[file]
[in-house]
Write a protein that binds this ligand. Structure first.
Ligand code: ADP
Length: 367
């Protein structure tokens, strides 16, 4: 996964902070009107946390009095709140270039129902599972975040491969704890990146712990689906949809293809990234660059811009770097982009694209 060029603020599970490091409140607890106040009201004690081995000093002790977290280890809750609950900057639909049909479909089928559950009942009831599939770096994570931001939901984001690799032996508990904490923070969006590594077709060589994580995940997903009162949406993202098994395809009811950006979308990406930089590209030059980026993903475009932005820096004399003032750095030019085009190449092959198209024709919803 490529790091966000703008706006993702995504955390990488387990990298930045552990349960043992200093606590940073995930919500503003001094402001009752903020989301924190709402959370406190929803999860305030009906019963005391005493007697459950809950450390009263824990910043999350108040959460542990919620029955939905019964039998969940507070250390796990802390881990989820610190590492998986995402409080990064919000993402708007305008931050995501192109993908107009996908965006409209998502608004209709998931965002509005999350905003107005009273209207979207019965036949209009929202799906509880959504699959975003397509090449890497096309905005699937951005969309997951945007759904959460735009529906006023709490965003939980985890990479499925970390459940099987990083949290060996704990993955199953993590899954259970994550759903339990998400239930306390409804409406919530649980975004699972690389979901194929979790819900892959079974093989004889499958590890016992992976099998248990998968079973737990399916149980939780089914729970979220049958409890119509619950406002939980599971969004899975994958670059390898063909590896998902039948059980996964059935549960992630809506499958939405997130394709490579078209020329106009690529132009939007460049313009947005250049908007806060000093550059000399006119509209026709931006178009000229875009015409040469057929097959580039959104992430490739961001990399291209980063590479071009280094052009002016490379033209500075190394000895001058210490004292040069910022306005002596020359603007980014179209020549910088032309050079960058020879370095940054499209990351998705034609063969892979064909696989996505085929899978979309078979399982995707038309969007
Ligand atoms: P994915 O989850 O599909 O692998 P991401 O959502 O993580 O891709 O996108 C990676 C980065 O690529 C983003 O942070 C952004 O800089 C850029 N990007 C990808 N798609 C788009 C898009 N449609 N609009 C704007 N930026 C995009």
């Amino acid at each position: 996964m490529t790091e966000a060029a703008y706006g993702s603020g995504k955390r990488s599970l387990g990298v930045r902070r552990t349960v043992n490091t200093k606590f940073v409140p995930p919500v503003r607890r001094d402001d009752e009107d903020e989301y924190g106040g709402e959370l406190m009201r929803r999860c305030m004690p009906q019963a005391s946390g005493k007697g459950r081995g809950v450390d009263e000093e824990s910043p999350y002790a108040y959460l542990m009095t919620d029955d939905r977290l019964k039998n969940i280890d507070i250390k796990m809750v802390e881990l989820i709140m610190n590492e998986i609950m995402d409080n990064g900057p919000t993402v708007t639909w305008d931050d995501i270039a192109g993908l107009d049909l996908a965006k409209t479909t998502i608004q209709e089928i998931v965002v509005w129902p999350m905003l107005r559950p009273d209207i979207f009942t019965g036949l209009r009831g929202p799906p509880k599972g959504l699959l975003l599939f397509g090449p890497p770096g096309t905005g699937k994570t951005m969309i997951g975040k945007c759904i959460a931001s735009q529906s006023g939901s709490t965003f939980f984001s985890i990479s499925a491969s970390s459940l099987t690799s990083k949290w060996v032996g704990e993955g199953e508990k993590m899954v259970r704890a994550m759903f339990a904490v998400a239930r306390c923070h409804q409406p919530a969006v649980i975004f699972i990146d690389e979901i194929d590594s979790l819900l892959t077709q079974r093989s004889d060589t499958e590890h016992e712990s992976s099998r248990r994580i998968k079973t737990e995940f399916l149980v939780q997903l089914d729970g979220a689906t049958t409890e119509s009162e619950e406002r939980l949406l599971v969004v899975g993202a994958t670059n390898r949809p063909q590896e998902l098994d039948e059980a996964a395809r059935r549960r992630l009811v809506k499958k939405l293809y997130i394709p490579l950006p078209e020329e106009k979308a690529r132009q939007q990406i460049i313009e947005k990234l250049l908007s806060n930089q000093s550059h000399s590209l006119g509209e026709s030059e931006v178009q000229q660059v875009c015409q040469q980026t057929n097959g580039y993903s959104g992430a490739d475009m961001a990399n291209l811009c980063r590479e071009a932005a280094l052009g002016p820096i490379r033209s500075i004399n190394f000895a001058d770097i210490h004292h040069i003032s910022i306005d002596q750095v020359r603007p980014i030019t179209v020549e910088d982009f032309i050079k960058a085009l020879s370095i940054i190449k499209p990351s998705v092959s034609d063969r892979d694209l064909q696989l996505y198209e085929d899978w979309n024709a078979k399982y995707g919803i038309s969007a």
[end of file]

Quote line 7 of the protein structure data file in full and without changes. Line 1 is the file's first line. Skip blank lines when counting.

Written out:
């Amino acid at each position: 996964m490529t790091e966000a060029a703008y706006g993702s603020g995504k955390r990488s599970l387990g990298v930045r902070r552990t349960v043992n490091t200093k606590f940073v409140p995930p919500v503003r607890r001094d402001d009752e009107d903020e989301y924190g106040g709402e959370l406190m009201r929803r999860c305030m004690p009906q019963a005391s946390g005493k007697g459950r081995g809950v450390d009263e000093e824990s910043p999350y002790a108040y959460l542990m009095t919620d029955d939905r977290l019964k039998n969940i280890d507070i250390k796990m809750v802390e881990l989820i709140m610190n590492e998986i609950m995402d409080n990064g900057p919000t993402v708007t639909w305008d931050d995501i270039a192109g993908l107009d049909l996908a965006k409209t479909t998502i608004q209709e089928i998931v965002v509005w129902p999350m905003l107005r559950p009273d209207i979207f009942t019965g036949l209009r009831g929202p799906p509880k599972g959504l699959l975003l599939f397509g090449p890497p770096g096309t905005g699937k994570t951005m969309i997951g975040k945007c759904i959460a931001s735009q529906s006023g939901s709490t965003f939980f984001s985890i990479s499925a491969s970390s459940l099987t690799s990083k949290w060996v032996g704990e993955g199953e508990k993590m899954v259970r704890a994550m759903f339990a904490v998400a239930r306390c923070h409804q409406p919530a969006v649980i975004f699972i990146d690389e979901i194929d590594s979790l819900l892959t077709q079974r093989s004889d060589t499958e590890h016992e712990s992976s099998r248990r994580i998968k079973t737990e995940f399916l149980v939780q997903l089914d729970g979220a689906t049958t409890e119509s009162e619950e406002r939980l949406l599971v969004v899975g993202a994958t670059n390898r949809p063909q590896e998902l098994d039948e059980a996964a395809r059935r549960r992630l009811v809506k499958k939405l293809y997130i394709p490579l950006p078209e020329e106009k979308a690529r132009q939007q990406i460049i313009e947005k990234l250049l908007s806060n930089q000093s550059h000399s590209l006119g509209e026709s030059e931006v178009q000229q660059v875009c015409q040469q980026t057929n097959g580039y993903s959104g992430a490739d475009m961001a990399n291209l811009c980063r590479e071009a932005a280094l052009g002016p820096i490379r033209s500075i004399n190394f000895a001058d770097i210490h004292h040069i003032s910022i306005d002596q750095v020359r603007p980014i030019t179209v020549e910088d982009f032309i050079k960058a085009l020879s370095i940054i190449k499209p990351s998705v092959s034609d063969r892979d694209l064909q696989l996505y198209e085929d899978w979309n024709a078979k399982y995707g919803i038309s969007a």